The power of restrained filmmaking is in full force in writer/director Paul Schrader’s quietly compelling story of the minister at a small Upstate New York church (Ethan Hawke) facing a Job-like series of crises involving his faith, his health, and his relationships.
Following yet another sparsely attended service, he’s approached by a sad-eyed, pregnant parishioner (Amanda Seyfried) whose husband Michael (Philip Ettenger) wants her to have an abortion rather than raise their child in an ecologically doomed world. She wants the pastor to counsel her troubled spouse, so he makes a house call — and for a full 10 minutes the two men engage in a discussion that brilliantly links the ethereal with the earthly, the divine with the decrepit. It’s just one wondrous scene in a film that offers thoughtful surprises — some shocking, others sublime — from the first frame to the last.
Of course, the troubled pastor has more than his flock’s trials on his mind. His body seems to be breaking down from inside out; he has been driven to drink by the death of a son in Afghanistan and the resulting breakup of his marriage. He’s troubled by the attention lavished on him by an admiring church music director (heartbreaking Victoria Hill). And he’s finding himself distressingly affected by Michael’s apocalyptic vision of a world ravaged by climate change.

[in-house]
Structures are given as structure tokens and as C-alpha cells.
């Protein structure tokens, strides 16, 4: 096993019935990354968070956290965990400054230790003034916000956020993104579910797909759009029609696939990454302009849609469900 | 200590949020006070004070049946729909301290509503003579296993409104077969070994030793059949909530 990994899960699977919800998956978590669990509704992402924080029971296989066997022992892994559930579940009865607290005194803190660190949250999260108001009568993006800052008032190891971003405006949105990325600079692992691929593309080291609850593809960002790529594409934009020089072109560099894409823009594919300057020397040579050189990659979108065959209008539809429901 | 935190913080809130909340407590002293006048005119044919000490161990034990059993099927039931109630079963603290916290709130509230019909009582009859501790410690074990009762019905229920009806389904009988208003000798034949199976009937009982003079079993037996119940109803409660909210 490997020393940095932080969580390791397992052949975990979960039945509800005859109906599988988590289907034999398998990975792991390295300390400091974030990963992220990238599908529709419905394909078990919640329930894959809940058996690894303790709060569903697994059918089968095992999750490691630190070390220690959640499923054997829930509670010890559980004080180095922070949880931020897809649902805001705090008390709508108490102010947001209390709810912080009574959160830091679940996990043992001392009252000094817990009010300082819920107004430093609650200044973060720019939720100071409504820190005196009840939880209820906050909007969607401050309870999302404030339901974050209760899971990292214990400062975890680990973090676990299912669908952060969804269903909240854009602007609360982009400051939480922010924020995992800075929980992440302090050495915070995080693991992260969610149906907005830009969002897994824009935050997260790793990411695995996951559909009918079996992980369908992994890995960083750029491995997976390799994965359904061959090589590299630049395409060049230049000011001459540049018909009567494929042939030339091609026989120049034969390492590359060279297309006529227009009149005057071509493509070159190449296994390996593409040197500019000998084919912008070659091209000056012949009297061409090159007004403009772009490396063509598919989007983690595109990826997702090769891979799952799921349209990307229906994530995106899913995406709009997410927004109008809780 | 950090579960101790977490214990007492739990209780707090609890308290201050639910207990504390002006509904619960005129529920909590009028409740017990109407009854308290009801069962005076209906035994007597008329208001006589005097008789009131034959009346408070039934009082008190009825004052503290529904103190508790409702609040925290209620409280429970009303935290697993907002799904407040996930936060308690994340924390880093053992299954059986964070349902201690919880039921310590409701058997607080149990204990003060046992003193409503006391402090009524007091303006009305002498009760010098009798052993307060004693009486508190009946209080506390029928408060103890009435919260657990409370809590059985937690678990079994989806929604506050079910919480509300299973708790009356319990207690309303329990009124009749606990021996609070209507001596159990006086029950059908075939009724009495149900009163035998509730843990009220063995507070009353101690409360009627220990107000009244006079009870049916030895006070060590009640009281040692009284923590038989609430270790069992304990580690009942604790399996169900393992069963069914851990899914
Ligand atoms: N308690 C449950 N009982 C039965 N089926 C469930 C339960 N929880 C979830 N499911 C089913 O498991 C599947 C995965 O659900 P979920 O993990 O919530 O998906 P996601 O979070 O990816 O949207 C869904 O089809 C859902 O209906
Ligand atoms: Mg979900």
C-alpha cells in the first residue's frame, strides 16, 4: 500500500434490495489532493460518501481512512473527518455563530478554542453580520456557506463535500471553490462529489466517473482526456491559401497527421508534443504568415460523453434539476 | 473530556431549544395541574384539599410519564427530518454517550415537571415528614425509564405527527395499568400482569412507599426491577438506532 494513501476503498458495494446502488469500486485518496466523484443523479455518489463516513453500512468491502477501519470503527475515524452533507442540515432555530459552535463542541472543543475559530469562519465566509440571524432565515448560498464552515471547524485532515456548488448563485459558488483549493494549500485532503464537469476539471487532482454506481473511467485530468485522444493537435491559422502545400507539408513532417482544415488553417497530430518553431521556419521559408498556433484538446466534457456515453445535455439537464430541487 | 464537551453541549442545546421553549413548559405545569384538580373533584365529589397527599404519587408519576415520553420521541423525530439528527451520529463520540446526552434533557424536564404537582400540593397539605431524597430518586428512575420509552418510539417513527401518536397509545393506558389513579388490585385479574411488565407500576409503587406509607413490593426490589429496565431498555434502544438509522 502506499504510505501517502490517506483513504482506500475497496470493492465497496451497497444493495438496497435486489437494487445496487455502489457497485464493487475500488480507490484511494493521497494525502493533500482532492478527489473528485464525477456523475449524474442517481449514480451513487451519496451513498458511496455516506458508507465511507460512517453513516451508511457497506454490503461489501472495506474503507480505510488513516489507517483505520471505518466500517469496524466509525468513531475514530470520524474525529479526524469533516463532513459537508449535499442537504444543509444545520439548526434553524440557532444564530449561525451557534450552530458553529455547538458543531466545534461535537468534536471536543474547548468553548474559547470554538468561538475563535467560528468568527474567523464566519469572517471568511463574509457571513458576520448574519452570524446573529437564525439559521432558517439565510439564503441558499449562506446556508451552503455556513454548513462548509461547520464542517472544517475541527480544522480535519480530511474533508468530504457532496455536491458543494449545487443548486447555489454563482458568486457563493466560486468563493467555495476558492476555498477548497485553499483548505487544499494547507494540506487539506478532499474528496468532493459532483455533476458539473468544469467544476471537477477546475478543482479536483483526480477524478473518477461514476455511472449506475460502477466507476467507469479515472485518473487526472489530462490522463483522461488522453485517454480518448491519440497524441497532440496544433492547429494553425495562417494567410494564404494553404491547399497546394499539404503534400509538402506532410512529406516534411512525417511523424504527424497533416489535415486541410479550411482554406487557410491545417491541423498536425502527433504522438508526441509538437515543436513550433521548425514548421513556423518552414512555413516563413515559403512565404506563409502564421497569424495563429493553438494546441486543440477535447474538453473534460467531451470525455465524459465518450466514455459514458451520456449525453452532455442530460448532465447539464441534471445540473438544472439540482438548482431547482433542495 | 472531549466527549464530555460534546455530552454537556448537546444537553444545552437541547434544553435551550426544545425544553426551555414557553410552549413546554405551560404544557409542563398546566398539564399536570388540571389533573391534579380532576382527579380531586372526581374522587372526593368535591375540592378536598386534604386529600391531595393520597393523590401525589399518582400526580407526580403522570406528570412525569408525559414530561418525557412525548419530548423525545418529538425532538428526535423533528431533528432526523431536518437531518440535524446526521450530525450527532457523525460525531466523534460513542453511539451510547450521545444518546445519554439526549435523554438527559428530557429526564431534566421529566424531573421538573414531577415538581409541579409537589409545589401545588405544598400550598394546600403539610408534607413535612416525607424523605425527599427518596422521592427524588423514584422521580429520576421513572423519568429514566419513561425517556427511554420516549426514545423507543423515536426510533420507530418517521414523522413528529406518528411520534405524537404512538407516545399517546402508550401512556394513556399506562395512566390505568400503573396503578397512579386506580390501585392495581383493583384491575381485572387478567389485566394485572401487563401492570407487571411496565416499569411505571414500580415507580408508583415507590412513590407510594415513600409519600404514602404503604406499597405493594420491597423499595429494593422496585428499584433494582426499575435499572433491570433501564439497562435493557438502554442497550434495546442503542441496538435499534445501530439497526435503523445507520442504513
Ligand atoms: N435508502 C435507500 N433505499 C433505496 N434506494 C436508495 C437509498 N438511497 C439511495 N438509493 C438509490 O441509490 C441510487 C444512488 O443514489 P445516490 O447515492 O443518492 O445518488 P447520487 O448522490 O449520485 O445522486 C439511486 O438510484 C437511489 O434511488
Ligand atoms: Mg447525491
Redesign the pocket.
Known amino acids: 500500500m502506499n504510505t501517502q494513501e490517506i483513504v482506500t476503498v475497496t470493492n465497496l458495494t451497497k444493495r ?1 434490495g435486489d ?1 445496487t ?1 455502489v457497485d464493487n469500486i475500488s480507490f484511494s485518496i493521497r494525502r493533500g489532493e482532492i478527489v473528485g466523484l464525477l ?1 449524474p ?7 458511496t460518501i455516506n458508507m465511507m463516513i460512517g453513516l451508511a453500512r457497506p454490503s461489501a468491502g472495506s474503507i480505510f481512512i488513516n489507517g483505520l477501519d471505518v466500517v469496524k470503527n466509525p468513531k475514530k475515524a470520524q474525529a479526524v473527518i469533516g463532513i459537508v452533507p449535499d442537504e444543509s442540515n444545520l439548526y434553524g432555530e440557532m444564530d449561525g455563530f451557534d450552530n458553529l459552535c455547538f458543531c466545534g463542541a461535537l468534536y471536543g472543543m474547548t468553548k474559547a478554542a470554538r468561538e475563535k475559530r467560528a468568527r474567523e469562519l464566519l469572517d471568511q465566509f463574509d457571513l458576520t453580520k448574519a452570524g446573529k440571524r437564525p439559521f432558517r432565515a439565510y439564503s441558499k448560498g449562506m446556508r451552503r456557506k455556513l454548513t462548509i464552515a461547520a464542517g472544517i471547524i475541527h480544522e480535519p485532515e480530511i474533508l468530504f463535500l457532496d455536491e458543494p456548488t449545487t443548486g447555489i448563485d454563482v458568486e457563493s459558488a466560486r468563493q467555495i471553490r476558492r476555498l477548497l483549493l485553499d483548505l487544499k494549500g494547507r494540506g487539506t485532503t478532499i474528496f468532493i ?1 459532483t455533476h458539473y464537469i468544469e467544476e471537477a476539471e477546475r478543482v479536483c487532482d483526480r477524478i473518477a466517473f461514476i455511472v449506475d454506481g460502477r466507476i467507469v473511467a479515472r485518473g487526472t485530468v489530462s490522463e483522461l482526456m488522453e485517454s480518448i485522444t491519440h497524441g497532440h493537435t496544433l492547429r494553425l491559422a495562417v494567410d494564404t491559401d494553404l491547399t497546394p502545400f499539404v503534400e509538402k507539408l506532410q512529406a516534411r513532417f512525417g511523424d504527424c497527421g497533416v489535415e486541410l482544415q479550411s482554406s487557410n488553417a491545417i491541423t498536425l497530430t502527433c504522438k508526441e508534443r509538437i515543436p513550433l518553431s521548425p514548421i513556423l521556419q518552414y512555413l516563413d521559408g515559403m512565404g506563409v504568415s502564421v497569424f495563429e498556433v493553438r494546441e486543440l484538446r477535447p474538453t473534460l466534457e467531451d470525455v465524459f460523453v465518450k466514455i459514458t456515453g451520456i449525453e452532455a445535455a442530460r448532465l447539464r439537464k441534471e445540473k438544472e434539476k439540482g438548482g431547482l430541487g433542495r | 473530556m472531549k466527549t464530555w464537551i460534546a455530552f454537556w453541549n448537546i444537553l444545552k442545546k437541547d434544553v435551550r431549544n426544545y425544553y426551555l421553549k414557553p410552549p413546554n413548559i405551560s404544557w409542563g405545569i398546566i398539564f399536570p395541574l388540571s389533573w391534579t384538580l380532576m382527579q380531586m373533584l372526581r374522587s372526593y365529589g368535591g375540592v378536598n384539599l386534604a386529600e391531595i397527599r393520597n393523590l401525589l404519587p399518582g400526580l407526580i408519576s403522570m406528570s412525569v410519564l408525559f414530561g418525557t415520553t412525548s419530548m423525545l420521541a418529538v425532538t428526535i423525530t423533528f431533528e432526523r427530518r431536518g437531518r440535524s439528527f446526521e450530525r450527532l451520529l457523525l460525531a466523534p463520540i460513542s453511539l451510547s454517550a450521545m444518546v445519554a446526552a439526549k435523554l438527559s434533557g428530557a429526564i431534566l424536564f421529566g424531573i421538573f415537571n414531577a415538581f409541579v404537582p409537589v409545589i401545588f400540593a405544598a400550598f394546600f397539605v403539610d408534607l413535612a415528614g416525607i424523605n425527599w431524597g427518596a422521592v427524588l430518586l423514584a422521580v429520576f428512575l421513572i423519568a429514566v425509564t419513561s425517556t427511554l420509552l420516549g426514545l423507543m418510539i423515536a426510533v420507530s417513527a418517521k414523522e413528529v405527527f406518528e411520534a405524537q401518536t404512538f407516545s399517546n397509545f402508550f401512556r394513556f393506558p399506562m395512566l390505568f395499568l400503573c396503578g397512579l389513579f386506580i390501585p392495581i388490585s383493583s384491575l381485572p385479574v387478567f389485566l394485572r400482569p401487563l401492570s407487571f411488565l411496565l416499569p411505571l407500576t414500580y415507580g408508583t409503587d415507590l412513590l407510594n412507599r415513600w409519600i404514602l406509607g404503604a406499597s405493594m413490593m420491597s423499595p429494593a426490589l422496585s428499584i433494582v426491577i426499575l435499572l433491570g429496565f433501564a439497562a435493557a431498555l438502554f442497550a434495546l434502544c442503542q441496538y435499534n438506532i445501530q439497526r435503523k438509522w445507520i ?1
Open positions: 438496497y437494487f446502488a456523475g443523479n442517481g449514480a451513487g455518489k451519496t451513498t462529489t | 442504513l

The superb supporting cast includes Cedric Kyles (better known as Cedric the Entertainer) as a megachurch pastor trying to figure the angles between serving God and mammon. Michael Gaston plays an energy company CEO with no such inner conflict — he’s happy despoiling the Earth and he salves his barely felt guilt by lavishing financial support on Hawke’s money-losing church.
As in Schrader’s classic script forTaxi Driver, the conflicts (FULL REVIEW)
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